I booked my train ride before I even got to Myanmar using Peague Travels. I booked online before hand because I heard that train tickets can sell out quickly. I paid more to get a sleeper seat because the journey is a gruesome 16 hours. I figured I would love my life a lot more if I wasn’t sitting up for the whole thing.
I paid about $30 USD. I had to submit a photocopy of my passport and pay online using credit card. Once I arrived in Myanmar I could pick up my ticket at most two days before my train departure.
The ticket office was a little bit tricky to find because it wasn’t the train station where I had to pick it up. Instead It was at the Peague Travel ticket office. About a 2 minute walk away.
Once I picked up my ticket I saw that the price listed on it was half of what I had paid-so the travel agency gets quite the commission for it Never the less, and extra $15 for peace of mind and to guarantee that my travel plans went according to schedule (I was meeting a friend in Mandalay) was worth it to me.
I was told to check in about hour to thirty minutes before hand. I was taking my time chilling at the hostel until it was time to leave and then I hailed a taxi and headed to the train station that was nearby where I was staying. Even though the train station wasn’t far there was sooo much traffic. I was relaxed in the back seat of the train with plenty of time to spare until I looked at the clock I couldn’t believe how much time had passed! It was already thirty minutes before my train left.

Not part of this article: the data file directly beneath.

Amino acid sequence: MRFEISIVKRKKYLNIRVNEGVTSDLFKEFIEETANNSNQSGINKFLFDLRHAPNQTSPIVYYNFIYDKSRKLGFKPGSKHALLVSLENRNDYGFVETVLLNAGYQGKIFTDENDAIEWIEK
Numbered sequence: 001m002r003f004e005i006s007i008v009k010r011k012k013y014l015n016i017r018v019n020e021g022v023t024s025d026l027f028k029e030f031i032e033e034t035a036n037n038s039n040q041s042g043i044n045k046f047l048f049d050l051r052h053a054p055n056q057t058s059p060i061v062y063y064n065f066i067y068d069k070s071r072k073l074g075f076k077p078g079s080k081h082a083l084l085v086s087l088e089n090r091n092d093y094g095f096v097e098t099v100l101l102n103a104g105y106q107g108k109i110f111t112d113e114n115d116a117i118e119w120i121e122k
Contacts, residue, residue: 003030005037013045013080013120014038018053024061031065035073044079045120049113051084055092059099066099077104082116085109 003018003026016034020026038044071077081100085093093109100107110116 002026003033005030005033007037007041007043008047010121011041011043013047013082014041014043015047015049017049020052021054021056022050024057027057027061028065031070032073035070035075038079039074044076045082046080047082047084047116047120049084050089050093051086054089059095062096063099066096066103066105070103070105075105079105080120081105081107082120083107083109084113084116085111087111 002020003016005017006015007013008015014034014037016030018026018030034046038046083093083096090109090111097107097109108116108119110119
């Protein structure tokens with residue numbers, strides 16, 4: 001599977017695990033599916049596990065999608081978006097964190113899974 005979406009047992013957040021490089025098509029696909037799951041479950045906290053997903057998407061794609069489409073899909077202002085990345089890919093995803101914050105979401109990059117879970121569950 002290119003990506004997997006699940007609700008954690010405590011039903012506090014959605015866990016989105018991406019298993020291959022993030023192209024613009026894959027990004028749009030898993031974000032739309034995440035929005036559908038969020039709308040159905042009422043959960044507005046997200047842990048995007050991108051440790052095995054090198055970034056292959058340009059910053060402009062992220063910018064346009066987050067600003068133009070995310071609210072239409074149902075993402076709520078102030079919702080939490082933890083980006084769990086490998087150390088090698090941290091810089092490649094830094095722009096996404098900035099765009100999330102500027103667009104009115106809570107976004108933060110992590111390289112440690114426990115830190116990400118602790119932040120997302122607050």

It was then that I freaked out and told my taxi driver to hurry. He was very kind and as soon as traffic cleared he zoomed towards the train station. Luckily, it was right around the corner.
As I got out of the train I was in a bit of a panick and a man asked me for my ticket I showed him and he told me to follow him. I had a broken toe at the time and so he asked to hold my bag. Burmese are very friendly and I found them very helpful towards me and my broken toe so I didn’t think much of it.
Then I passed the ticket checkers, who were in uniform, and I realized that the guy helping me didn’t have uniform. It was then that I realized he must not work for the train station. I told him that I could carry my own bag but he insisted. My car was pretty far down and I did have broken toe so I figured if he made me pay him it wouldn’t be the end of the world because it really was helpful .
He took me straight to my car-which may have been confusing otherwise and put my stuff down for me. I thanked him and then sure enough he told me to pay him one thousand. Whatever-a dollar was worth a lot more to him than to me.
My train carriage had 4 sleepier seats. The best way to describe them would be as couch bunk beds. Luckily I was on the bottom-I don’t know how I would have gotten up with a broken toe.
Each bed comes with a pillow and a sheet. The look a bit stained so whether of not you want to use them is up to you. I just put the sheet over my seat because I figured it was washed more often. I had my own light travel sleeping bag but it was so hot it wasn’t necessary.